“Under the borough code a candidate is qualified to run for the assembly if they are a qualified voter of the state of Alaska and a resident from the district from which they are seeking election for at least 180 days immediately preceding filing for office,” Thompson said.
Check and check. Smith will not be eligible to serve another consecutive term — his third — on the assembly until Ordinance 2011-24 goes into effect, but that doesn’t mean he can’t run.
“The term limitation provision does not prohibit a person from running, it prohibits them from serving three consecutive terms,” Thompson said.
There would be no point in running or in the borough clerk allowing a candidate on the ballot if there was no way he or she could serve his term if elected. Without Ordinance 2011-24, there wouldn’t be a reason to allow Smith on the ballot. But with the change to term limits, the borough clerk decided he could be eligible to serve come Oct. 14, so he is eligible to be a candidate.
“If it were impossible for him to serve — like last year it would have been impossible because the two-year period of the initiative could not be changed last year. So, if that were the case, then probably the clerk would not have allowed his application to go forward. (But the clerk decided) he could be qualified as of the date that he has to be sworn into office,” Thompson said.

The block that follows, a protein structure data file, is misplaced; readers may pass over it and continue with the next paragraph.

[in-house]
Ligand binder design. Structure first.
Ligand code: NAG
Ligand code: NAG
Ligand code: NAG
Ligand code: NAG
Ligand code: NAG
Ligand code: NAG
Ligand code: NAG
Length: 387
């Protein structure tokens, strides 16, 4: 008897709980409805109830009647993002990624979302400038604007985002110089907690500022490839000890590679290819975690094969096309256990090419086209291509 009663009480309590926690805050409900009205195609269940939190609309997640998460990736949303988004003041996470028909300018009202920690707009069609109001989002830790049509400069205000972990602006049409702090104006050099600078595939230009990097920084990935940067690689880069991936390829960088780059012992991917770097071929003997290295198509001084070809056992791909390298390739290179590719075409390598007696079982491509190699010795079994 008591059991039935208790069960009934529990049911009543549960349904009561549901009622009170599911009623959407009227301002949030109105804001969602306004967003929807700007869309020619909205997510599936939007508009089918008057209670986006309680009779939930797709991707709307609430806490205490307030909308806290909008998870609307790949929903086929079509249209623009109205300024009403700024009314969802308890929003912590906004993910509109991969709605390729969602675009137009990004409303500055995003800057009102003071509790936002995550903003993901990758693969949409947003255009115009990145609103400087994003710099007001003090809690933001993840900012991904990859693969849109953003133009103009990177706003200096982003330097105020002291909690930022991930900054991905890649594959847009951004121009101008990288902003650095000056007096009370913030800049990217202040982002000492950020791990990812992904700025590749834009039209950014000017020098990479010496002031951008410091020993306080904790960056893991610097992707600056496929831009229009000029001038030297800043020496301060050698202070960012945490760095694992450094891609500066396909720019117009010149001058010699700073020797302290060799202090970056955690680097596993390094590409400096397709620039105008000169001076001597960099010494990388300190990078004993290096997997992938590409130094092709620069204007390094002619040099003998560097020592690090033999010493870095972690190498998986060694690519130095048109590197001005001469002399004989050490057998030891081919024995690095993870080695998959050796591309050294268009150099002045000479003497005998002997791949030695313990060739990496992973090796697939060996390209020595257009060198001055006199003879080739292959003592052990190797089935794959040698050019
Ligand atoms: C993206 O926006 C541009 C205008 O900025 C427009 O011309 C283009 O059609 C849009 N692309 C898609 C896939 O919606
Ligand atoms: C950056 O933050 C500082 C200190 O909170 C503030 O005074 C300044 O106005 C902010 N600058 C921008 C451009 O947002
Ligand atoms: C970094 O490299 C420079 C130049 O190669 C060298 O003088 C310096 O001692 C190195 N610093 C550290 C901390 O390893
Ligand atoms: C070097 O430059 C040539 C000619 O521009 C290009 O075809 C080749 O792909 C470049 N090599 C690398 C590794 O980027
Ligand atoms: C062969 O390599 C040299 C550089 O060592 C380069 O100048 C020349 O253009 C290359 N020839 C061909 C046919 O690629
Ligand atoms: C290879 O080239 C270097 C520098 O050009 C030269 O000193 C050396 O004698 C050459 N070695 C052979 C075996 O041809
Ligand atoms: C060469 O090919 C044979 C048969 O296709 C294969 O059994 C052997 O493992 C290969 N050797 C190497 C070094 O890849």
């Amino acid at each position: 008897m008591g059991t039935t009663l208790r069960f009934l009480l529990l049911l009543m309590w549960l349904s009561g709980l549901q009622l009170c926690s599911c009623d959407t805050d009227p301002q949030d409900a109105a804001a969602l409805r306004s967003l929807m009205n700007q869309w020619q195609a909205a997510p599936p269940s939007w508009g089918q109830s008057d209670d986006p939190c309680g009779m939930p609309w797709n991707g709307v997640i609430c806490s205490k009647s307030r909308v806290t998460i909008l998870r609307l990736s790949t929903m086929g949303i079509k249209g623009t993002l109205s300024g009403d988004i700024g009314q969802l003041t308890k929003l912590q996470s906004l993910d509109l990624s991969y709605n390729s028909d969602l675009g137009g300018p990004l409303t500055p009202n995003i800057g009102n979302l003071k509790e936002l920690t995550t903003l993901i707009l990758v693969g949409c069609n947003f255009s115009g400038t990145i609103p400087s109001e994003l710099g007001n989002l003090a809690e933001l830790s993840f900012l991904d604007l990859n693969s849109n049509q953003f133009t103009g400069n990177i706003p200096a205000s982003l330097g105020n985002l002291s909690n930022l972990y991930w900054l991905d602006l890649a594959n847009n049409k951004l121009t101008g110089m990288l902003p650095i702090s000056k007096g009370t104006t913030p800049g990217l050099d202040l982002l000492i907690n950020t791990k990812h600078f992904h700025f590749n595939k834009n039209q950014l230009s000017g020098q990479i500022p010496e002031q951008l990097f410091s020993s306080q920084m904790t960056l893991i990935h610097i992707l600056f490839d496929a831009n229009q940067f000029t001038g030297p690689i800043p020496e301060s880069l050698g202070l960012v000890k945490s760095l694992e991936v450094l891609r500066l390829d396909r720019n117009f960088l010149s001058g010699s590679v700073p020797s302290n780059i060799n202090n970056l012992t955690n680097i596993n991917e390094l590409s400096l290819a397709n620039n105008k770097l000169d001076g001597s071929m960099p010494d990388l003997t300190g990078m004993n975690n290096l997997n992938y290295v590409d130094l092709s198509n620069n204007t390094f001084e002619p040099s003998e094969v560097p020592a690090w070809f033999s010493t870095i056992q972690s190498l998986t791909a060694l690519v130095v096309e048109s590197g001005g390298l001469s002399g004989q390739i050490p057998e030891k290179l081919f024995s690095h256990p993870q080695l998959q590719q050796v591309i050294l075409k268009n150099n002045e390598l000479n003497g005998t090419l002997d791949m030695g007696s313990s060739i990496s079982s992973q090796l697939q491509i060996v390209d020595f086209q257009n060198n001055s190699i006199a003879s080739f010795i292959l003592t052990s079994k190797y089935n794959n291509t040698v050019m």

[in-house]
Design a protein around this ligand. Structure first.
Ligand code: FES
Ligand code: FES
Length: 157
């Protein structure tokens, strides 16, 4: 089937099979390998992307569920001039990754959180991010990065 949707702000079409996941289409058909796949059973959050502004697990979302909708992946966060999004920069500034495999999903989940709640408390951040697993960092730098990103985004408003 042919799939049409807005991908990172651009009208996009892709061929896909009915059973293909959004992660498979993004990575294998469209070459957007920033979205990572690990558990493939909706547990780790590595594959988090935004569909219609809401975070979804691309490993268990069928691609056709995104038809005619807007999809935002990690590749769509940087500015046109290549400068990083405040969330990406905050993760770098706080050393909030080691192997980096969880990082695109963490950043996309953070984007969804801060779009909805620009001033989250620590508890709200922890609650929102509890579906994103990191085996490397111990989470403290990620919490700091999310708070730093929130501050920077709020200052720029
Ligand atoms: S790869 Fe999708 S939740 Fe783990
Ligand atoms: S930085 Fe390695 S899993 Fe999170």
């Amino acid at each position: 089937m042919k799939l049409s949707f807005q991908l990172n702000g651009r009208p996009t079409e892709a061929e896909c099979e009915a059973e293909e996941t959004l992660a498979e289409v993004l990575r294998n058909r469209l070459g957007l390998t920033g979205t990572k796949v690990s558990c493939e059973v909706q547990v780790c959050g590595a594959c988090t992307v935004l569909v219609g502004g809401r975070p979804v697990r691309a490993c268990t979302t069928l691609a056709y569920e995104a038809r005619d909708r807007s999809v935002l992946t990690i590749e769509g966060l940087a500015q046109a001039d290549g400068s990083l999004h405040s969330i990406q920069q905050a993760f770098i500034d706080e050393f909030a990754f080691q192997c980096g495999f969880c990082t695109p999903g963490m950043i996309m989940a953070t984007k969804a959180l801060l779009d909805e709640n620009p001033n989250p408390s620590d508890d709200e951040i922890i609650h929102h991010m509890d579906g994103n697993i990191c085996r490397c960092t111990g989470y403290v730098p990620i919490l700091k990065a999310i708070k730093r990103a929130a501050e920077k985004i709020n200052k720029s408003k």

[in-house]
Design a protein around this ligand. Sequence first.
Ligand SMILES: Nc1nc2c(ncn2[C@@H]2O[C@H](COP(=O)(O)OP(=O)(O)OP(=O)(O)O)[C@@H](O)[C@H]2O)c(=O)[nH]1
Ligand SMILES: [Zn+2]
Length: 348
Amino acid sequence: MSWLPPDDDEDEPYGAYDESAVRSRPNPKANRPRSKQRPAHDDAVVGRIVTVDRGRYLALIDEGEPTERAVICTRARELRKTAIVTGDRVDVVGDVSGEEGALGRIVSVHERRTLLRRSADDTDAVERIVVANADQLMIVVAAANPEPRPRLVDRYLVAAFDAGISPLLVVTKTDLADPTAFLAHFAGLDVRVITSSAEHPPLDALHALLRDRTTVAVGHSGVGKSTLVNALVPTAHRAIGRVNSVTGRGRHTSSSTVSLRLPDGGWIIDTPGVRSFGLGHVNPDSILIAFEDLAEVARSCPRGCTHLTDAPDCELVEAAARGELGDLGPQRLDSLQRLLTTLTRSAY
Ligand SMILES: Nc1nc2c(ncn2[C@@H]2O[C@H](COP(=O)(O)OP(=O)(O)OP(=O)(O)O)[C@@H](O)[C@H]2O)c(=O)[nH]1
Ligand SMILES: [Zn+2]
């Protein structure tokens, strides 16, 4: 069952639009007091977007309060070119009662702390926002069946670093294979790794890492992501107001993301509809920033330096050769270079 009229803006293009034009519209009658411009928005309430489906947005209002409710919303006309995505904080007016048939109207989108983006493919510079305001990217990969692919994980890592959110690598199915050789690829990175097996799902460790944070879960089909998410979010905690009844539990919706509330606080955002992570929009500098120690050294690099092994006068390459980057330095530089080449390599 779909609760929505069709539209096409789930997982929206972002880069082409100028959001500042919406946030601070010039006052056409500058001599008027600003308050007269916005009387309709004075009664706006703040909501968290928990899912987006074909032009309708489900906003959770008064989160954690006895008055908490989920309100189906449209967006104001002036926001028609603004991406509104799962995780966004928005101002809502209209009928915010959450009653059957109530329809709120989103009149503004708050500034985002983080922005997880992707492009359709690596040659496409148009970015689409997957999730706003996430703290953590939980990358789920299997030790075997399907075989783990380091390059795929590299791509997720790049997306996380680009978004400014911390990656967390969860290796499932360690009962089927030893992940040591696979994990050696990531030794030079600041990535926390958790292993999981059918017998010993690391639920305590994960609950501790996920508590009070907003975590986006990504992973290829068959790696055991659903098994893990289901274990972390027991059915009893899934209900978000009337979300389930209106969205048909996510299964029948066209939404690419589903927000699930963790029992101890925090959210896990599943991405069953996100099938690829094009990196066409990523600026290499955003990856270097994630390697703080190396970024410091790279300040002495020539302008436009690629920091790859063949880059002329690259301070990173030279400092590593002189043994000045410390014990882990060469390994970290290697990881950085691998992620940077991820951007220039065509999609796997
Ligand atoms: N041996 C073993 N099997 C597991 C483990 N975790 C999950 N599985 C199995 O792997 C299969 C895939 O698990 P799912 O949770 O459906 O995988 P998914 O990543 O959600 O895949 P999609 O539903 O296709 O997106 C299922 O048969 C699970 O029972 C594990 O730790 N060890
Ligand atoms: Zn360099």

Borough Mayor Dave Carey vetoed Ordinance 2011-24 on Aug. 12, on the grounds that the public did not have sufficient opportunity to consider the amendment and testify about it. Ordinance 2011-24 was on the agenda for the Aug. 2 meeting, and two members of the public gave testimony about it. Murphy’s amendment was then proposed and approved in the same meeting.
Going into the Aug. 2 meeting, Ordinance 2011-24 called for limiting assembly members to two full (three-year) terms with a maximum of eight consecutive years and requiring a break in service of at least 180 days, subject to the approval of voters. Upon passage by the assembly, the ordinance no longer called for going to a public vote.
Carey, with his veto, contended that the amendment was a substantive-enough change to the ordinance as it appeared on the agenda going into the meeting that it should have been held over and put on the next meeting’s agenda, giving the public time to consider it and testify about it.
The assembly did not agree, and at its Aug. 16 meeting voted unanimously to overturn the veto.
Whether or not an amendment requires an ordinance to go out to public notice and stand for public testimony depends on how significant a change the amendment poses. If it does not alter the basic character of the ordinance, an amendment does not have to go out to public notice and be held for public testimony before a vote, Thompson said.
“Beyond that it’s a legal question that I can’t really get into the merits of, except to say that the general rule is that the assembly is by statute authorized to amend ordinances after final hearing and before adoption provided the amendment doesn’t substantially change the basic character of the ordinance,” Thompson said.